Yesterday without much fanfare and just a bit of sulking, we experienced our very last first. It was the very last first day of school for the family. Aaron, our youngest, is now a senior and so the rituals of closing a summer with the first day of school are now over. I baked cinnamon rolls, even though he did not want one, and we snapped pictures, even though he is “too old” for such nonsense. Traditions and rituals are hard to break; we have been doing this, after all, for a total of fifteen years.
Once you become a parent the seasons marked by school take on a heightened significance. I remember holding his hand walking with him to his kindergarten class and worried and thinking to myself, “This school is too big for my small son.” What I did not know is that he seems too big for any school to contain his dreams and ambitions. The school bus no longer stops for him because he drives to school. It has been years since he brought home a drawing to post on the refrigerator. I am no longer invited to eat lunch with him in the cafeteria. There have been many “last firsts” along the way; I just did not always know it or recognize it.
This is the way of life. Things come and move and have their being and then are no more. Life cannot be frozen or halted. Children grow up; parents get old; employment changes; friends move and the seasons unfold. Growing involves shedding or losing things along the way. We were never created to be static.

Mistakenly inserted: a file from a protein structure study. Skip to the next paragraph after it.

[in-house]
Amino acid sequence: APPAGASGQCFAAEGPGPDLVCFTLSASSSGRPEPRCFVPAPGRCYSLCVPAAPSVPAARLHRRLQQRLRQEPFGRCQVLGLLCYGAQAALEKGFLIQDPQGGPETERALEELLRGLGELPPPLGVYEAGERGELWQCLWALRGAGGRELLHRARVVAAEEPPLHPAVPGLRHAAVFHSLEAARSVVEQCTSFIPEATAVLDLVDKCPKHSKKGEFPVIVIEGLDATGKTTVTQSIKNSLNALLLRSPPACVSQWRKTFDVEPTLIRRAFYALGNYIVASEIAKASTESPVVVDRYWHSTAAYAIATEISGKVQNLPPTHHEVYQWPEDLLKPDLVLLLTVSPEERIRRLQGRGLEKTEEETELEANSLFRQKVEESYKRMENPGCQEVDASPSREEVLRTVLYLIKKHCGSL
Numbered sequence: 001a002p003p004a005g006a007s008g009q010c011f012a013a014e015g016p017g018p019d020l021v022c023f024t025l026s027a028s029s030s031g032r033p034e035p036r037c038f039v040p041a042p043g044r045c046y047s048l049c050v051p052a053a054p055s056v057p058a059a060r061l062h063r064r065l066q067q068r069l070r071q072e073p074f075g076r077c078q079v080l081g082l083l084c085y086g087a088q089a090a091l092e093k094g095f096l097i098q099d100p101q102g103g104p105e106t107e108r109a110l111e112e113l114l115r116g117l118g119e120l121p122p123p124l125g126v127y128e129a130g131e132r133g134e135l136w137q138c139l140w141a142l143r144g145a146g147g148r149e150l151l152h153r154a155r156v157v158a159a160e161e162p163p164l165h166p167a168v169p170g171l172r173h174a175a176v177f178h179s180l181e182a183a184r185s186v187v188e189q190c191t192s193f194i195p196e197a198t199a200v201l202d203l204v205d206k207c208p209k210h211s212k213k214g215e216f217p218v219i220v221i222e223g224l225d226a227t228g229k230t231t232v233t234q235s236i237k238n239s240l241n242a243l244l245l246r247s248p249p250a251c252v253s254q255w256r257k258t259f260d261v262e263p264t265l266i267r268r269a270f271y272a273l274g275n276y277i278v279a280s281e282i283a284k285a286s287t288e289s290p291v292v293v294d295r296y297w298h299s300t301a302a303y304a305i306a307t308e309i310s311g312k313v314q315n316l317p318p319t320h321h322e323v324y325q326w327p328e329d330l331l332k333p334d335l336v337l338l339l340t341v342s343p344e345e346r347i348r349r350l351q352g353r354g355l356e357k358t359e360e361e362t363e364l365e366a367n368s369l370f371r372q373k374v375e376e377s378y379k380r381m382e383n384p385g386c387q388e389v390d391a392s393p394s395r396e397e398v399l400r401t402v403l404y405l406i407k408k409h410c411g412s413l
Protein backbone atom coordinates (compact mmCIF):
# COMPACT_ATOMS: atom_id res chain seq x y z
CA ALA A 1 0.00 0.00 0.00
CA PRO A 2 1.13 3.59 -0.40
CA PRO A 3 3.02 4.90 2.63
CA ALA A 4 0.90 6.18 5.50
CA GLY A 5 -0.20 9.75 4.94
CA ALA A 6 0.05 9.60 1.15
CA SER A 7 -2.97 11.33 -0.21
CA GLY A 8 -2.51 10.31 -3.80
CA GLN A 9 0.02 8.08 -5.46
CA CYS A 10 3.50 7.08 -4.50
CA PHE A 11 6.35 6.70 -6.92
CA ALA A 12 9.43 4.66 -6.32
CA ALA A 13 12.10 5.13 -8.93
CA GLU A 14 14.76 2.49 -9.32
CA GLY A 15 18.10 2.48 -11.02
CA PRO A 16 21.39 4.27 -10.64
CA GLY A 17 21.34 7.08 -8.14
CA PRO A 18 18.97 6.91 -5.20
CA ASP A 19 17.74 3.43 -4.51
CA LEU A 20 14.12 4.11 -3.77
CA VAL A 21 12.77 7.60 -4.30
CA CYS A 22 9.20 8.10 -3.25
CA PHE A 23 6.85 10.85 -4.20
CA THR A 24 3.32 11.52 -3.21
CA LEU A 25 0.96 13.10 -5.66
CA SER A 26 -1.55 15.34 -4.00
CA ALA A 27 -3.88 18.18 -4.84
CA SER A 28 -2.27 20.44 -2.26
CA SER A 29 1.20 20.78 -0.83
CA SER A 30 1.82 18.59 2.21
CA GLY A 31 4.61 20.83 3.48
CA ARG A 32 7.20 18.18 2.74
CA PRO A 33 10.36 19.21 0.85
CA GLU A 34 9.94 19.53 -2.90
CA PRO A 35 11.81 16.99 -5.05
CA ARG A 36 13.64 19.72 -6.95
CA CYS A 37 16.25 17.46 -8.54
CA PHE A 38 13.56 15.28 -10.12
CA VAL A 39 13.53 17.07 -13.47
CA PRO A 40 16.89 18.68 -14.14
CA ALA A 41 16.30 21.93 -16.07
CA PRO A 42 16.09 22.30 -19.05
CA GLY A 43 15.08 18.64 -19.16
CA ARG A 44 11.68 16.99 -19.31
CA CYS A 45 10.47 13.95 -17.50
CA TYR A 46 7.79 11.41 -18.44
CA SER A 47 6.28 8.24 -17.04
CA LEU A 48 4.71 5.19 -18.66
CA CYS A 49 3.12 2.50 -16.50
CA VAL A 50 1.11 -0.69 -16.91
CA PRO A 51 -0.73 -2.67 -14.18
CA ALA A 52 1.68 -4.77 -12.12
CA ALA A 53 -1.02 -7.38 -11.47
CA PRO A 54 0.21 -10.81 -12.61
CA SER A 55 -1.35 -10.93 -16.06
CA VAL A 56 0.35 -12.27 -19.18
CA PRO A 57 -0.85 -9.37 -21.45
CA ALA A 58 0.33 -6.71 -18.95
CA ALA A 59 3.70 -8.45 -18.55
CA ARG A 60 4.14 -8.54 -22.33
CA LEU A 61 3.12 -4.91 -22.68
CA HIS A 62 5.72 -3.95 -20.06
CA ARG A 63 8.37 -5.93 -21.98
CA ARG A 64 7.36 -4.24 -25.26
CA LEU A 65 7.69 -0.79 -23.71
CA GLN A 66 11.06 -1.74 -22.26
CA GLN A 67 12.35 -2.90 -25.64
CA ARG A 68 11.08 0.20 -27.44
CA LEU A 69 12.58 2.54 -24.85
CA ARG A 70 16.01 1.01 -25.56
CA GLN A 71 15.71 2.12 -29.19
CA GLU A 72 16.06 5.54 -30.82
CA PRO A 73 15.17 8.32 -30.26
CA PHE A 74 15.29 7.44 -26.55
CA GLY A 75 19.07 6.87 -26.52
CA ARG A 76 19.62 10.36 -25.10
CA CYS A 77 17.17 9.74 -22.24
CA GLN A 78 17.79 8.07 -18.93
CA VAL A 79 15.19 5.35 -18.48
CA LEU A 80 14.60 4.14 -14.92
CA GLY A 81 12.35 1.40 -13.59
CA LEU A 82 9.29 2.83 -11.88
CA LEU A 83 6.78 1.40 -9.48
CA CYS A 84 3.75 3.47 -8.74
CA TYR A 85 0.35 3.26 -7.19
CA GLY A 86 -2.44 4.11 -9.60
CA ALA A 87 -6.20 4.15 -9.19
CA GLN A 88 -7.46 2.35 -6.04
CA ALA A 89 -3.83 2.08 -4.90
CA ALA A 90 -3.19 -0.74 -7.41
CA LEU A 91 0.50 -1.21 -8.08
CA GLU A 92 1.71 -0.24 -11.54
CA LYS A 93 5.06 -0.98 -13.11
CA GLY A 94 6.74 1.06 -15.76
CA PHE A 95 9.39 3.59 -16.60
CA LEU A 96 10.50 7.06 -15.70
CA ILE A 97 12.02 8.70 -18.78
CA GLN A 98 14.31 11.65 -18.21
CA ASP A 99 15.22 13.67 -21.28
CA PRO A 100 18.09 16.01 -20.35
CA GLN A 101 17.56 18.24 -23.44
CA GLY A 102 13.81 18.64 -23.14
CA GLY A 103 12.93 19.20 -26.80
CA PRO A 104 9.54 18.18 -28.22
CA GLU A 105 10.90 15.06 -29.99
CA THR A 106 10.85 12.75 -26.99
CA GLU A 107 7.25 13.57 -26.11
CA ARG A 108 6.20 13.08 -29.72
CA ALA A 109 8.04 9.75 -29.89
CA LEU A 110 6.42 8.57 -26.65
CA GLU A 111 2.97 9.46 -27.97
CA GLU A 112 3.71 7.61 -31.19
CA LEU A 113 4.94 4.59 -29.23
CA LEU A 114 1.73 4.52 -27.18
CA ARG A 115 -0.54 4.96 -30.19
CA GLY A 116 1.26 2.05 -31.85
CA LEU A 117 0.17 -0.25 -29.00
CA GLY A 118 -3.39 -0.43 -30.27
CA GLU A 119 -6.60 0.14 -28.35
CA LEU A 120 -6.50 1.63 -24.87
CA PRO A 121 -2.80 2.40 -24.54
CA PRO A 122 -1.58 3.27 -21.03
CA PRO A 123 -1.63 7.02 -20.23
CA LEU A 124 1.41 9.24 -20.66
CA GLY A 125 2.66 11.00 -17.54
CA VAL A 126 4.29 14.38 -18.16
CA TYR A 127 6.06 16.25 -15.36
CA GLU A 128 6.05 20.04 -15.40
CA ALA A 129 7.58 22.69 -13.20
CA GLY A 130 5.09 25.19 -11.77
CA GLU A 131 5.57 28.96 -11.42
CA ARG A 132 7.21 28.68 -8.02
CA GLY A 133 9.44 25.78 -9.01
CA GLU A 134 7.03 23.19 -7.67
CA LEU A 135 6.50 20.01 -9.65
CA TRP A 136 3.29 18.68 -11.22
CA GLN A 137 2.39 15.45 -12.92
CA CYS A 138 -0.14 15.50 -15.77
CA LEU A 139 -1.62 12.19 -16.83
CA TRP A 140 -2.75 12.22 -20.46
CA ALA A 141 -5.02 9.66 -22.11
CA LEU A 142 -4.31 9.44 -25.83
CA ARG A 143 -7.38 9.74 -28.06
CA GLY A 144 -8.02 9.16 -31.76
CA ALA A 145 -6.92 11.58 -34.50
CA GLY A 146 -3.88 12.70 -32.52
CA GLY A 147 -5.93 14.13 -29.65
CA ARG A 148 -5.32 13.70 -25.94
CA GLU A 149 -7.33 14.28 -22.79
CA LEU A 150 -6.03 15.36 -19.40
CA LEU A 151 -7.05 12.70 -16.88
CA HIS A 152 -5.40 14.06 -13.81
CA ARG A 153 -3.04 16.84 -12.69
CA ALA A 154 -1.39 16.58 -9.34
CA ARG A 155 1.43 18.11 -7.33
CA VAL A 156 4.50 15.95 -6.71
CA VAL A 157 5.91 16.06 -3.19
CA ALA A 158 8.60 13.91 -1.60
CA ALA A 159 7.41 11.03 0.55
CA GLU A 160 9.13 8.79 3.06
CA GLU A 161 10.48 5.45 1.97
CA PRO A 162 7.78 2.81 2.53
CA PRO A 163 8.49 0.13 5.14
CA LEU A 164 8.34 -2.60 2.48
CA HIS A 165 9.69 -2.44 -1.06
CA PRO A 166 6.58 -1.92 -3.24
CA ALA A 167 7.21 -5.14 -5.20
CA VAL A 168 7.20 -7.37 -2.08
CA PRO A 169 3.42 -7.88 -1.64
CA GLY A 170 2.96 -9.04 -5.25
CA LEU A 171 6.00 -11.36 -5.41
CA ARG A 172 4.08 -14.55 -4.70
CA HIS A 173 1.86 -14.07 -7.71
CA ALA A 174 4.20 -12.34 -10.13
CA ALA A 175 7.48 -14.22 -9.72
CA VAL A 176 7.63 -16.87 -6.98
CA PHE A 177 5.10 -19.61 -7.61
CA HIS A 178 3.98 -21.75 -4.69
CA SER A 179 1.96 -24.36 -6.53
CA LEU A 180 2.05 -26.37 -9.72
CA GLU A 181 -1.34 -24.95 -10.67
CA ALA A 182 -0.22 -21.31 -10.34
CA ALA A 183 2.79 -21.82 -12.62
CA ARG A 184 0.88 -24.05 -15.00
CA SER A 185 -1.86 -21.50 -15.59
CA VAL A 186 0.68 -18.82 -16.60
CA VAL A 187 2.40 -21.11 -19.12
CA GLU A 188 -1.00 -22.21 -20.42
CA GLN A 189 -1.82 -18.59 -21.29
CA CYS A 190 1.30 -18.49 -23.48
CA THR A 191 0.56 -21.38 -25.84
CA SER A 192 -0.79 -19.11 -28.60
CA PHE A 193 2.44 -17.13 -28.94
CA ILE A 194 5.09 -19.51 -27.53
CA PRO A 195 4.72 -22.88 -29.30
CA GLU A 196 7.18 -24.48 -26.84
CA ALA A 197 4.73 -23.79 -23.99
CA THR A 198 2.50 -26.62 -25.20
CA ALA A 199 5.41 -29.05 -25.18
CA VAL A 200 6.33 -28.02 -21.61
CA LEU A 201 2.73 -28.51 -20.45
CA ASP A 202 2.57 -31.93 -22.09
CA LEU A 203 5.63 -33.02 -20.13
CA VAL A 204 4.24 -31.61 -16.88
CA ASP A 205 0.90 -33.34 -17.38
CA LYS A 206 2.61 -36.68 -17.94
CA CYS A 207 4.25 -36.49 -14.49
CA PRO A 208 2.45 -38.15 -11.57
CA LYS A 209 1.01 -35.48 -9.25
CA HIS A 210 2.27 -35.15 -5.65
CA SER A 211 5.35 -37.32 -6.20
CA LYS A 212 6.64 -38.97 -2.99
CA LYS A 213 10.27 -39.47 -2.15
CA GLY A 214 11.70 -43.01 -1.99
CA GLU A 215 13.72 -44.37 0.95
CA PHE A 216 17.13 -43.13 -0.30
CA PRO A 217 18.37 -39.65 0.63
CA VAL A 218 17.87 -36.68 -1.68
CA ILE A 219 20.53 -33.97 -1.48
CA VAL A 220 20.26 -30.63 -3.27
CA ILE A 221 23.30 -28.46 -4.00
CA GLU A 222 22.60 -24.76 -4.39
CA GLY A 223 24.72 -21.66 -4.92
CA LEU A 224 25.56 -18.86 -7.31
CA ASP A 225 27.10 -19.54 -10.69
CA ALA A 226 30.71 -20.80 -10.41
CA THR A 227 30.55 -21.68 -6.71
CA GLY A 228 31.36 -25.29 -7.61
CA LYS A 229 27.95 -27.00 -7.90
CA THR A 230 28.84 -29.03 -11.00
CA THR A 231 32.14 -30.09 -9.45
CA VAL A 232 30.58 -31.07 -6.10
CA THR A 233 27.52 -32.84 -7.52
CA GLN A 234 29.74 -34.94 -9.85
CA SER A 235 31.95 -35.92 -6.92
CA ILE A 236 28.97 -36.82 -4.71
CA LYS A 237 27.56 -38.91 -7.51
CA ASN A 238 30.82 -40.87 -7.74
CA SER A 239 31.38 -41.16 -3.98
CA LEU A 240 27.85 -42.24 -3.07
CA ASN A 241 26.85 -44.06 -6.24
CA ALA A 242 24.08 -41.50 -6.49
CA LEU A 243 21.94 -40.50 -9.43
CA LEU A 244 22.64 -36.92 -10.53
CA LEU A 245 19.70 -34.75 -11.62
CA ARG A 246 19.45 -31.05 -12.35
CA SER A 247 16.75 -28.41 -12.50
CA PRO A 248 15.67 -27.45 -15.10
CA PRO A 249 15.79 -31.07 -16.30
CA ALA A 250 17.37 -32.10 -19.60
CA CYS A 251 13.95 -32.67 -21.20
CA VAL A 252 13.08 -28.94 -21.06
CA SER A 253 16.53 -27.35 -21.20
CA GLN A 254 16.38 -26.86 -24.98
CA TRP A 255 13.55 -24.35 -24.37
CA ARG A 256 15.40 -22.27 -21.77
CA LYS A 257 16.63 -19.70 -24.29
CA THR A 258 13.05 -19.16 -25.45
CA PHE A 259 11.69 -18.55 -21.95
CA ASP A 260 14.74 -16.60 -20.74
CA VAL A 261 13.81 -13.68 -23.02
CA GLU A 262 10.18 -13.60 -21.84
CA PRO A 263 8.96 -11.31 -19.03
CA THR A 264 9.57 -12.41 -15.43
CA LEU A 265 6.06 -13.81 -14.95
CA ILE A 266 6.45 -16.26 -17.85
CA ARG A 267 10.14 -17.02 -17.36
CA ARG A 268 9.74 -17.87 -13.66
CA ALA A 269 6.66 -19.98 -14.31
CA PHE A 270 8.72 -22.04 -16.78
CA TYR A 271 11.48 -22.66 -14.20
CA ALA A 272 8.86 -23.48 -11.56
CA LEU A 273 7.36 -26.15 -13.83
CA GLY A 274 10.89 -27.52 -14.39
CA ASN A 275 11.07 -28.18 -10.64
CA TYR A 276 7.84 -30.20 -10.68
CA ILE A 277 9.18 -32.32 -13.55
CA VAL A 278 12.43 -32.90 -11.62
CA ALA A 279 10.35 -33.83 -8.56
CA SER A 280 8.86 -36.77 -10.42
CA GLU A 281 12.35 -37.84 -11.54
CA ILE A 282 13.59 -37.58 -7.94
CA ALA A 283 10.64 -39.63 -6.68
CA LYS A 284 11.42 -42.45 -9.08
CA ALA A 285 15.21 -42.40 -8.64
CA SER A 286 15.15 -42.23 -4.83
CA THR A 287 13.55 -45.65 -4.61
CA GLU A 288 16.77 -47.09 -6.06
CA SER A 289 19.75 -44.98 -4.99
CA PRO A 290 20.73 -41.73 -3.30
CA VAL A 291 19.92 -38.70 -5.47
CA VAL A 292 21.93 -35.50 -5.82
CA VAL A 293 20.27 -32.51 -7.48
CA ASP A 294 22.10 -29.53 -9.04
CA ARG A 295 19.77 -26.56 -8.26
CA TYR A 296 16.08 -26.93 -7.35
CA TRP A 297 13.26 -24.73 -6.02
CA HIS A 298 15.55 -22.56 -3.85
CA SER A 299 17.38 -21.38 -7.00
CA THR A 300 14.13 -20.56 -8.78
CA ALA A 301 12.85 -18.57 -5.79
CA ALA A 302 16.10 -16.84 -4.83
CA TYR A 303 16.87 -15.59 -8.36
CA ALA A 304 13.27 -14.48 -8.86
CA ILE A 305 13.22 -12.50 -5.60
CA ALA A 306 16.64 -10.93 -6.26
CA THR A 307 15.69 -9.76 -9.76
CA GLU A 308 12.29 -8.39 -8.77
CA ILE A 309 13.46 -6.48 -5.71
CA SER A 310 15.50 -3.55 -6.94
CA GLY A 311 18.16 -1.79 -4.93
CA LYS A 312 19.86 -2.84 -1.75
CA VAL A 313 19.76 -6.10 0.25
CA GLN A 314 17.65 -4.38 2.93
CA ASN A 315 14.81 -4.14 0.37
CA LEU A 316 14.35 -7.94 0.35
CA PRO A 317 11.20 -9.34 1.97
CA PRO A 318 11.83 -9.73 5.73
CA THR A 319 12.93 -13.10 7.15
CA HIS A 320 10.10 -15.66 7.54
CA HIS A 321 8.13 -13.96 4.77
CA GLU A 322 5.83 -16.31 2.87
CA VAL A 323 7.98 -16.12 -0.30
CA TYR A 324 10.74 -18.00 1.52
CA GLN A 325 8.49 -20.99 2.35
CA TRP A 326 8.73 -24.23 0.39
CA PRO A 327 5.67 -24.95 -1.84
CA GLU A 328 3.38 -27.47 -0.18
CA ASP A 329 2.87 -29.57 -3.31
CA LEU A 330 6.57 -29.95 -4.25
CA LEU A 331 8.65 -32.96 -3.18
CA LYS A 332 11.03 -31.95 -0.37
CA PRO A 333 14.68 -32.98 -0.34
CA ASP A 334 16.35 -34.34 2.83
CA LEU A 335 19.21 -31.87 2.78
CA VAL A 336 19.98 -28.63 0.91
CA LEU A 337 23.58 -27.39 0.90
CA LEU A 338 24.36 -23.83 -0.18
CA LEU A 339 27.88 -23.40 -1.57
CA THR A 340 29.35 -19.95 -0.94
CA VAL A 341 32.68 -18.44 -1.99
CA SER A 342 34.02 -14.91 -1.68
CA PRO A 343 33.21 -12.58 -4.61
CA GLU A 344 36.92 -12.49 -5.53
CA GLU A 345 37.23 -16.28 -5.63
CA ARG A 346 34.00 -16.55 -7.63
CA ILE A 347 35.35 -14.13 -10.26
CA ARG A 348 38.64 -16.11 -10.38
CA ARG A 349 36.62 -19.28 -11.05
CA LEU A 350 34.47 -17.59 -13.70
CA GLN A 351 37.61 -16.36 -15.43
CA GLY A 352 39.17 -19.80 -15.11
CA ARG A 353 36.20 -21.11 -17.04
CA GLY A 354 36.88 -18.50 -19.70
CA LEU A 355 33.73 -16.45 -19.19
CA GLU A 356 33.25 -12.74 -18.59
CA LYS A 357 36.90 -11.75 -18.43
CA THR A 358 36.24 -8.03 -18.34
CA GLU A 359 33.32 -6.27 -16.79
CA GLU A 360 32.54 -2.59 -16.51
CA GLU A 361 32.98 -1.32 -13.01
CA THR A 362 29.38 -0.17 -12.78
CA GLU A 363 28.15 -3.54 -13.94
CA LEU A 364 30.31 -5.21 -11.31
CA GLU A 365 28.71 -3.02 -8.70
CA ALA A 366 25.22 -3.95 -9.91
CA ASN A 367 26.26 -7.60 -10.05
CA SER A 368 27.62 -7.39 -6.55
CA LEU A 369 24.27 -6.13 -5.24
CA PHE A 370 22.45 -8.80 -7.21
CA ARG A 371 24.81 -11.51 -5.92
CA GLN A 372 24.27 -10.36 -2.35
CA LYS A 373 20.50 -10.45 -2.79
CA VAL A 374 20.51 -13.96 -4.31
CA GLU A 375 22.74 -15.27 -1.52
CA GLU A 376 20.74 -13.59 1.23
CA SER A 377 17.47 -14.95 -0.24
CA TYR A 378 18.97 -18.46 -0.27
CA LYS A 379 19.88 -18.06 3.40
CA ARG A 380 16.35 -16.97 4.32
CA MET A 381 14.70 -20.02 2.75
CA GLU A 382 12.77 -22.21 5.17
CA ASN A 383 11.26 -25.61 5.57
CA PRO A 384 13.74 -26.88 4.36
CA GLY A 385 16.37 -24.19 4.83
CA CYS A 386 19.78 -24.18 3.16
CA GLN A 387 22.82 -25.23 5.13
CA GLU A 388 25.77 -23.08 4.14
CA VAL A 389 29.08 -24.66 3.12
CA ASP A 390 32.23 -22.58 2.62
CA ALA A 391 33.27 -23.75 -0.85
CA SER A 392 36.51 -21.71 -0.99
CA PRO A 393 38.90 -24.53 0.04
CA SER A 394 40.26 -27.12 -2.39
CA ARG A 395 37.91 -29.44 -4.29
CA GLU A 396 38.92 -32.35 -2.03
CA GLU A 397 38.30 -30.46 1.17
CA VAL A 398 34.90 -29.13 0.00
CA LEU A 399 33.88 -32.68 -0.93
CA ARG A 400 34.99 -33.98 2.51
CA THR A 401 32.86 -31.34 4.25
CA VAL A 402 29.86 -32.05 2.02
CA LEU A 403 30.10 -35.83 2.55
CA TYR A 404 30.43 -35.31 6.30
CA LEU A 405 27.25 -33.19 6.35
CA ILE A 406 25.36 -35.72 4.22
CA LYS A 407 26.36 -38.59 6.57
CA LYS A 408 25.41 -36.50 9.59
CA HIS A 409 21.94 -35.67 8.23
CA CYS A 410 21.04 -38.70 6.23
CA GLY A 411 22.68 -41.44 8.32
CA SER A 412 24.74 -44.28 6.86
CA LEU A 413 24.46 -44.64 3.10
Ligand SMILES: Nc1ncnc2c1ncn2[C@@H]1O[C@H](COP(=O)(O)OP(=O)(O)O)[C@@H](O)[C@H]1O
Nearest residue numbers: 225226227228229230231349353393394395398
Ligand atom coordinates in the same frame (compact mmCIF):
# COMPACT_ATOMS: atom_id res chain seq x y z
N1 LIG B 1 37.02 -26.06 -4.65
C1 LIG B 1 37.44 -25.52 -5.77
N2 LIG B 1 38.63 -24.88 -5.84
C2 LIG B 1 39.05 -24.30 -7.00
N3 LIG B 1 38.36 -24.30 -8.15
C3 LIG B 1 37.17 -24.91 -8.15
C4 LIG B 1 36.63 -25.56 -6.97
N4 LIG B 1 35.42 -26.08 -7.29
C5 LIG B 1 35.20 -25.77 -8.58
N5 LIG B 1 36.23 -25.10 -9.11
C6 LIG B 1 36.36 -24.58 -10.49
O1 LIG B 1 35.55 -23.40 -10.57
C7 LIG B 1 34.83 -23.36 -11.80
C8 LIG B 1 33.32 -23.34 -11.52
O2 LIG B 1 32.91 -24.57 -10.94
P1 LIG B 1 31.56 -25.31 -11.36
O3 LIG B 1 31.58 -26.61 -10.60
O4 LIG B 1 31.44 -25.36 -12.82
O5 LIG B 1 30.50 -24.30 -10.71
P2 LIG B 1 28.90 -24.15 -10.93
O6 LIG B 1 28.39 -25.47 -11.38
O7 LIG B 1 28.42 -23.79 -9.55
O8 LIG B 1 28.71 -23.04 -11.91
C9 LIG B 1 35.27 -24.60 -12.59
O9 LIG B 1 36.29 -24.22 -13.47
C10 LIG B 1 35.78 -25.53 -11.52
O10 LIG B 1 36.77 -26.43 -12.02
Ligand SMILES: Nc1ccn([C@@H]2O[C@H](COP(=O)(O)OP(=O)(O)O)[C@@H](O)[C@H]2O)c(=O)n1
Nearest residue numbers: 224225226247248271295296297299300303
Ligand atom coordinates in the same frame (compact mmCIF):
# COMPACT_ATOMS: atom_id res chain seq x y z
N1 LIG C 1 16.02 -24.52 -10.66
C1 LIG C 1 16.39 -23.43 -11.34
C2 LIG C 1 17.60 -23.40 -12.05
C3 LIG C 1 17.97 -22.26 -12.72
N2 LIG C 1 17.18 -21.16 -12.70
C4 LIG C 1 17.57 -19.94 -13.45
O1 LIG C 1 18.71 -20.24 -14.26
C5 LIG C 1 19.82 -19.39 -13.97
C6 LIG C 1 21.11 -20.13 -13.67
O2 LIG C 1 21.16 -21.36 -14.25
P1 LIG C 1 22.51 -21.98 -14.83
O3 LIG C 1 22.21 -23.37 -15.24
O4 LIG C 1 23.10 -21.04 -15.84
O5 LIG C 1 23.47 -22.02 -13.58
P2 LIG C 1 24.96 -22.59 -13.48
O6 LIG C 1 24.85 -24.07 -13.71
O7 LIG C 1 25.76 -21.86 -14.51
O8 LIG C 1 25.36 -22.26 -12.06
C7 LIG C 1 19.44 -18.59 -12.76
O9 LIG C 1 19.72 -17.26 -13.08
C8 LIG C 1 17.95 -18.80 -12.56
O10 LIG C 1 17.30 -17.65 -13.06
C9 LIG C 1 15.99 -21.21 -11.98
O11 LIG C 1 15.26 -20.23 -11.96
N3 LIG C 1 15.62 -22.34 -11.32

How do you see God in your “last firsts”; those places in your life where you are saying goodbye? What do you think is awaiting you? How do you trust God in these places of transitions? These are big questions applied in the minute particulars of life. They are also part of the life of any community of faith. No one church can ever be exactly the way it was. That is the definition of death. Rather we are always in a process of becoming.
That is why church matters, because we need each other in the local church and together we are on a shared pilgrimage. Together we may confess faithfully: “Jesus Christ is the same yesterday and today and forever.” (Hebrews 13:8) But together we can draw into the mystery: “…forgetting what lies behind and straining forward to what lies ahead…” (Philippians 3:13).
Indeed like seasons of the year and our own bodies we are growing and becoming. In all of our first lasts and endings that give birth to beginnings, may our confessions be that of the ancients: “The steadfast love of the LORD never ceases, his mercies never come to an end; they are new every morning; great is your faithfulness.” (Lamentations 3:22-23)
When I came home last night it was good to hear my son talk about his very last first saying he thinks he is going to enjoy his classes and his teachers. He believes it will be a good year. I know for me it has been a good life with all of these last firsts we have shared.
Blessed to be in these changing times with you all,